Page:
Is Same-Sex Marriage a Church vs State issue? Does the Church have anything to say to the larger culture about marriage? No, argues David J. Dunn, the author of an opinion piece that ran in the Huffington Post several months ago (Civil Unions by Another Name: An Eastern Orthodox Defense of Gay Marriage). Dunn argues that traditional marriage (one man and one woman) is a moral construct invented by the Church and thus applies only to Christian believers and not the larger culture. Let the Church be Church and the State be State.
On the other side is Fr. John Whiteford who argues that traditional marriage is not merely a moral construct invented by the Church, but exists in nature. Nature itself reveals the law of God; the natural order reveals the social context in which children are brought into the world. How so? Check out the biological plumbing. One man and one woman create a new child. Homosexual relationships on the other hand are naturally sterile, biologically closed to procreation. This reveals an intent and purpose that has its source in God. That’s also why traditional marriage is practiced almost universally across all cultures and time.
Traditional marriage is blessed by God, even for the non-believer. If people live in accord with the law of God, even if that law is discerned only through the operations of nature, then they obey God. We should not erroneously conclude that no blessing exists merely because the marriage was not sanctified in the Church. To do so makes the same mistake Dunn makes but from the other direction. Natural marriage is as real as a sacramental marriage and should be honored and supported as such.
It is important for Christians to realize that Dunn’s distinction between the natural and sacramental is artificial. Sacramental reality never negates nature. Rather, the sacraments elevate nature because natural operations become a means by which God’s grace is imparted to us. Ritual purification by water becomes baptism for example. Anointing with oil becomes a means of healing. The transformed bread and wine maintain their capacity to nourish the body while becoming nourishment for the soul. Sacramental reality never, ever, negates the natural workings of the created order. Rather, those workings take on a divine dimension congruent with their natural function.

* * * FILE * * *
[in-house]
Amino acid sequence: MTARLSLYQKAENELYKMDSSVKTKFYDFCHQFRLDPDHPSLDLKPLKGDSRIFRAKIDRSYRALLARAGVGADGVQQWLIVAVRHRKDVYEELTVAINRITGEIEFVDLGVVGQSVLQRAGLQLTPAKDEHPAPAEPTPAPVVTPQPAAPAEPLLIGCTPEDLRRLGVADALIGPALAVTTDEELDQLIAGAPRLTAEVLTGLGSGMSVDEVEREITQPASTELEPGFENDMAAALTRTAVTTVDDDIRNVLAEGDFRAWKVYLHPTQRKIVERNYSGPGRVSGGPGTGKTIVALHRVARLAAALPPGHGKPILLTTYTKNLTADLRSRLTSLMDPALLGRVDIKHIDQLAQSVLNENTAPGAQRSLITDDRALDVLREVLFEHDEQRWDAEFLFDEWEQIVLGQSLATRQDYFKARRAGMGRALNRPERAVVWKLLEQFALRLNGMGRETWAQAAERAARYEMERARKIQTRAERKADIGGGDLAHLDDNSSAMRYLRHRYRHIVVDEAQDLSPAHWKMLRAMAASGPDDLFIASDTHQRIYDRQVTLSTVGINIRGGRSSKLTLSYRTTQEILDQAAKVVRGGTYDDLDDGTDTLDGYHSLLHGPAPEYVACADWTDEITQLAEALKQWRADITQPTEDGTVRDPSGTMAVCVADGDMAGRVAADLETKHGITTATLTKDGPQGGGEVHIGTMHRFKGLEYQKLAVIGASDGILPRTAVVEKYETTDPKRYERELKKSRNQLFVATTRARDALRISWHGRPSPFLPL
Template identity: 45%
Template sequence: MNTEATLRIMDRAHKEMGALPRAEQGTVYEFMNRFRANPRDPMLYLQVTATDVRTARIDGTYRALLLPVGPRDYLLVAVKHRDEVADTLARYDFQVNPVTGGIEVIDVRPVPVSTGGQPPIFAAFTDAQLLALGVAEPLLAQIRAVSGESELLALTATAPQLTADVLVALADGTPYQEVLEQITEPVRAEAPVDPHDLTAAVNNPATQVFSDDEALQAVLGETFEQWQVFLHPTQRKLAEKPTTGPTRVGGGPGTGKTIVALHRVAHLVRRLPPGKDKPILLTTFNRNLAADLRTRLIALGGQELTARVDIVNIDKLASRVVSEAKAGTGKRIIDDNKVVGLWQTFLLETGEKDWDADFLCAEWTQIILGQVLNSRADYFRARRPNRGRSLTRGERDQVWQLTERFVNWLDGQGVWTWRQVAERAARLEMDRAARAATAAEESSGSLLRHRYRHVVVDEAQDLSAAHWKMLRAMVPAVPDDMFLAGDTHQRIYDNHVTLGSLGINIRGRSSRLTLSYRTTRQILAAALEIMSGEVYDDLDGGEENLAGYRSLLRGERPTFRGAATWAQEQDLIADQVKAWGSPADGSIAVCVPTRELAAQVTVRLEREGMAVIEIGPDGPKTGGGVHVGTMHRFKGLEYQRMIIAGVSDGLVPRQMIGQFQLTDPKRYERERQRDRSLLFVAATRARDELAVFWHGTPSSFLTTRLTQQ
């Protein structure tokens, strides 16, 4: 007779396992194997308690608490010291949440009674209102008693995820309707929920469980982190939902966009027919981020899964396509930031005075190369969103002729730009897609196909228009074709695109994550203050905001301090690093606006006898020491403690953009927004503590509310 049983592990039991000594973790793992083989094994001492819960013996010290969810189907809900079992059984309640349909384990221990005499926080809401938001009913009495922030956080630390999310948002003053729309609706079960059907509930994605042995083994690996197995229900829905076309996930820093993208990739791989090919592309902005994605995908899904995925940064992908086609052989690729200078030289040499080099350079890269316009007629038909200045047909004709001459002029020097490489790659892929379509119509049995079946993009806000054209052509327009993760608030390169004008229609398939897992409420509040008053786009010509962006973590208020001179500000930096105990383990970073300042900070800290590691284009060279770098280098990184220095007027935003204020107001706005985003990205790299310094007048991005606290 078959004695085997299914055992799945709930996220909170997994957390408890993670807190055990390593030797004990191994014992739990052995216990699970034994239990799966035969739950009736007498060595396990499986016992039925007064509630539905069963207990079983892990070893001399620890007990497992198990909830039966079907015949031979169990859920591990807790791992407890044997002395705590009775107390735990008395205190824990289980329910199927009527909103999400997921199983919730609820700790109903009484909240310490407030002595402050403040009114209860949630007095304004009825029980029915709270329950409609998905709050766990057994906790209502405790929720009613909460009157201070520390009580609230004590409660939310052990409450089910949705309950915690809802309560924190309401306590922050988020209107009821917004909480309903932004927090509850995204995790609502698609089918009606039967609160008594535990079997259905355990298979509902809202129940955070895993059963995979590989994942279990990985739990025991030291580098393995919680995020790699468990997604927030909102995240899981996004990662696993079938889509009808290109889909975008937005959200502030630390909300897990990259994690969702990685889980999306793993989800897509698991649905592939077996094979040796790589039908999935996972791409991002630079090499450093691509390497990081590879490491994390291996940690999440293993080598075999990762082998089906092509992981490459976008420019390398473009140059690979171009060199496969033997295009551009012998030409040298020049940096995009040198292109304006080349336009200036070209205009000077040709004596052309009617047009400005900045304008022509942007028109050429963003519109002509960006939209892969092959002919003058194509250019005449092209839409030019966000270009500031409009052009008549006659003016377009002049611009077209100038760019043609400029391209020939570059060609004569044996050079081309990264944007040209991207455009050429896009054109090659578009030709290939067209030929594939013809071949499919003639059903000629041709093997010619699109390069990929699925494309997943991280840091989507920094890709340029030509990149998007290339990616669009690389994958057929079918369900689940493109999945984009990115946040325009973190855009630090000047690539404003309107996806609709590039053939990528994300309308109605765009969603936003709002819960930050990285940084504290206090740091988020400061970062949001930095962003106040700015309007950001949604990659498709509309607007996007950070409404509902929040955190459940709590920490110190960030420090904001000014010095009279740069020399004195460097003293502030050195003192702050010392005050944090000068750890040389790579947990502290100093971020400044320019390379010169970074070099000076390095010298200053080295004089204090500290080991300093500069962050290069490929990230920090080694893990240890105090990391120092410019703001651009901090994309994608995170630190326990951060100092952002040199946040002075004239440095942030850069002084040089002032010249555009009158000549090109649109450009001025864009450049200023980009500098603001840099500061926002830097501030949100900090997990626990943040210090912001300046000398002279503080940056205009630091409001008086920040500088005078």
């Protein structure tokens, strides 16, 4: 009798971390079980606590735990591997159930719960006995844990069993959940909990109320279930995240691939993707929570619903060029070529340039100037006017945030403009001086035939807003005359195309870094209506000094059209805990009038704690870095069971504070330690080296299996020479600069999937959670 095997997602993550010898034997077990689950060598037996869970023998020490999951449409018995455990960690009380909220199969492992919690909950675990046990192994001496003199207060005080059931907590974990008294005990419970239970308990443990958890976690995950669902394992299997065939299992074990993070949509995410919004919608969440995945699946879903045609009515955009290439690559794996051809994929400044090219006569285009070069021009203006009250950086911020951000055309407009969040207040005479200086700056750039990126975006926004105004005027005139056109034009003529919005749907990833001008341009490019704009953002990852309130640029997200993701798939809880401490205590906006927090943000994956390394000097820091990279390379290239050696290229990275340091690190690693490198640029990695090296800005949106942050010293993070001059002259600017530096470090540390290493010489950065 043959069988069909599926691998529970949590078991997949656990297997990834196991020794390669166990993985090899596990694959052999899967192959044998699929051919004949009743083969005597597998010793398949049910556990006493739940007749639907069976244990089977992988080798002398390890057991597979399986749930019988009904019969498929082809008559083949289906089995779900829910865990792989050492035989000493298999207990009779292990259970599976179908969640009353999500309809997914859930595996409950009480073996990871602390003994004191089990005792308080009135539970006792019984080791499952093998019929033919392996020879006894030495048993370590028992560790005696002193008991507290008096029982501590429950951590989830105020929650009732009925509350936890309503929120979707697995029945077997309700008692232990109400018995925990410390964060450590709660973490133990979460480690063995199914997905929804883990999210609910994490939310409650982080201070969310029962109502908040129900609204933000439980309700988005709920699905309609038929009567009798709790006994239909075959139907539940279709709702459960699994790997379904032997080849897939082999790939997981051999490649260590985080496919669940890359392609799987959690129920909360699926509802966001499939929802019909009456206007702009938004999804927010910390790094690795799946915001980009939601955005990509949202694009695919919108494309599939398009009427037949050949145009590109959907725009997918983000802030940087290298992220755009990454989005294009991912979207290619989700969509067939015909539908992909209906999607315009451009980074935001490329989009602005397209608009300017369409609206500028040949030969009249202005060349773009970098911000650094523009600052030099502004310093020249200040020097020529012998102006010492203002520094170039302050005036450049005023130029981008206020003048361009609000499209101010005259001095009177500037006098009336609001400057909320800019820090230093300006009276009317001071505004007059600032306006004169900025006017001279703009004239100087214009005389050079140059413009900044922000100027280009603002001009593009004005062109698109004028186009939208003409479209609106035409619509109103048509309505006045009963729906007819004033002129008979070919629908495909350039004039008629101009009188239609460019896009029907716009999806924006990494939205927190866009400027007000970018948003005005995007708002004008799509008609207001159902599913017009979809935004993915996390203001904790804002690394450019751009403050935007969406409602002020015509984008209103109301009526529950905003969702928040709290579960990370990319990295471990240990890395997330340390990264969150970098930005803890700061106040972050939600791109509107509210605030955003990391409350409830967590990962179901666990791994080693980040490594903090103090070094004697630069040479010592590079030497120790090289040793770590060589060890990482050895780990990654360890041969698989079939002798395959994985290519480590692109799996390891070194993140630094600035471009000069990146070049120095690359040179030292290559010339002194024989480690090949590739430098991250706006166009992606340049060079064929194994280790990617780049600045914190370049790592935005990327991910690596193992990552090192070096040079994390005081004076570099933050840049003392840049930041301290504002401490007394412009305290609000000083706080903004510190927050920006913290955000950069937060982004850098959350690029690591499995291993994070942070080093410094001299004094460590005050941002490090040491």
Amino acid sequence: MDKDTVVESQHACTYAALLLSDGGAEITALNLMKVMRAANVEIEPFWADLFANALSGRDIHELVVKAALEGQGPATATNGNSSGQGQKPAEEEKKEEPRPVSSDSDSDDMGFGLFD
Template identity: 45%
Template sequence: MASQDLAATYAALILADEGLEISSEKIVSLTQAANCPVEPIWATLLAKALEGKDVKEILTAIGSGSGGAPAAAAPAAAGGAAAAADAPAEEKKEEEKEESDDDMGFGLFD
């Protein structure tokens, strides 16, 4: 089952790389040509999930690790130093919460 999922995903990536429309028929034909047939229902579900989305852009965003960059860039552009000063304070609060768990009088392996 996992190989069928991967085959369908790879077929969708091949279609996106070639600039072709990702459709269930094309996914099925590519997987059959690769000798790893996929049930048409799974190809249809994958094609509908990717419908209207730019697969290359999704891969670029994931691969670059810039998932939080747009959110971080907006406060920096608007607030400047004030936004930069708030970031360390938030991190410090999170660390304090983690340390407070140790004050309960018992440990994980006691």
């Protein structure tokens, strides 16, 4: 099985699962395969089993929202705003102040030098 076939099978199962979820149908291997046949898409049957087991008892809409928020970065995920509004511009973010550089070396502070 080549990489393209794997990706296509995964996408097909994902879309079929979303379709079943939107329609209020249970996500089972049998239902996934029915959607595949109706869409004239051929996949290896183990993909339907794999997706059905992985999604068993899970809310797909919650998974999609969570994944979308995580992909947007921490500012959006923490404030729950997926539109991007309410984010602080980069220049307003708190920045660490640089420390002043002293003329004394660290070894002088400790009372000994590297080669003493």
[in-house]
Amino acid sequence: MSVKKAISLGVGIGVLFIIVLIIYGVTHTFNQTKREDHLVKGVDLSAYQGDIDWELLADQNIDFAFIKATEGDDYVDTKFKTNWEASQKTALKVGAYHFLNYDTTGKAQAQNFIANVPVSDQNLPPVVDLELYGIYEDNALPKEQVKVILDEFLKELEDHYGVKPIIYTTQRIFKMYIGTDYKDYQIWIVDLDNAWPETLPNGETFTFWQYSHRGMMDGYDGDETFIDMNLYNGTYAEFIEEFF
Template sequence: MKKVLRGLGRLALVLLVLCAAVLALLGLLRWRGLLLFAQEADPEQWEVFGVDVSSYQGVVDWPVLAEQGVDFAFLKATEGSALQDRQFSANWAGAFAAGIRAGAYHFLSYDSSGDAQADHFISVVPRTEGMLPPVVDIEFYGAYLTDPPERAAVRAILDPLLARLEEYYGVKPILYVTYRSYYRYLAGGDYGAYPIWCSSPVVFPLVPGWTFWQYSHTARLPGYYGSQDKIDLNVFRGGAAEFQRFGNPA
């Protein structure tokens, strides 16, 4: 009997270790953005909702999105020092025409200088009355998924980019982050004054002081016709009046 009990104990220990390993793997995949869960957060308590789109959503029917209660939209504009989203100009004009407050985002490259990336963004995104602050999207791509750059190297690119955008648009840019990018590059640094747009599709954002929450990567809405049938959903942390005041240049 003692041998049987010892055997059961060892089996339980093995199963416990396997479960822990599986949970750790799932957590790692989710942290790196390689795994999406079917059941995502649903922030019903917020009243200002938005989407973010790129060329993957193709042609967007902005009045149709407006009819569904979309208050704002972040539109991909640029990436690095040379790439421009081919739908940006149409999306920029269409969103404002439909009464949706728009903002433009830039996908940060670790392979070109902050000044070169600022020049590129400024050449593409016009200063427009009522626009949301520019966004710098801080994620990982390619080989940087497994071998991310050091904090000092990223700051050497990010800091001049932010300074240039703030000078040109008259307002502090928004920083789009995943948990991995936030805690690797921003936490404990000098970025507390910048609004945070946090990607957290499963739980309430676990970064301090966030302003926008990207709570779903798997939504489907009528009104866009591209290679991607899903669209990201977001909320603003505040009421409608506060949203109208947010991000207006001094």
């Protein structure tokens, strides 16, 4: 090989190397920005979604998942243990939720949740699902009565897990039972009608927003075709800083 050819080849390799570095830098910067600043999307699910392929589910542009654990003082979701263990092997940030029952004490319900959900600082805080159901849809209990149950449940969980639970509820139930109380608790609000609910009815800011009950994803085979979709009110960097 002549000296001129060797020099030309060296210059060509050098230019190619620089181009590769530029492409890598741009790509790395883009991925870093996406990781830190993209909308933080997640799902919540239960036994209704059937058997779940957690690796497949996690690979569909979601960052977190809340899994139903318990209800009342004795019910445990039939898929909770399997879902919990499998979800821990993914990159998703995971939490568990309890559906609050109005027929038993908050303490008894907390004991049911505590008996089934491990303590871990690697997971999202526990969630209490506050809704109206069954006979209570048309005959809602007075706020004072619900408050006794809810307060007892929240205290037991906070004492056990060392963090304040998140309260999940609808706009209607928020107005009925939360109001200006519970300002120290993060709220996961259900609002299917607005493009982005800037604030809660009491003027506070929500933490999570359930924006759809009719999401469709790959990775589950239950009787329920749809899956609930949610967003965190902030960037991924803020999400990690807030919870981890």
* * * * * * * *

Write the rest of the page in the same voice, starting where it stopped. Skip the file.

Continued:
Finally, we hear that the State should have no interest in marriage and it would be better for everyone if the State removed itself from marriage questions entirely, even from establishing contract law around traditional marriage (libertarians are fond of this argument including the Orthodox variety). The problem with this argument is that State has an interest in cultural stability, or to put it more correctly, the culture has an interest in stability and thus grants the State authority to affirm those natural relationships in law. By decreeing that same-sex coupling is a morally legitimate marriage however, the State arrogates unto itself an authority that runs contrary to nature and proclaims itself as the source and arbiter of moral law. Under this scenario rights are not discerned in nature or, ultimately, seen as coming from God. Rather, rights emerge only from the will to power of the elites — those who pull the levers of State power. The moral barriers against tyranny are removed.
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Addendum: While hunting for the link to Dunn’s original article I came across this: My Year as a Pro-Gay ‘Orthodox’ Heretic. Somebody sent me the link to his blog posting (same content) but I had not idea it was published on HuffPo. The title is a bit misleading (I never called him a heretic) and the only argument I put forward so far are the ones I posted above: Dunn ignores natural law and has a skewed understanding of how the sacraments work. He should have given me a heads-up, but I will craft a fuller response this week sometime.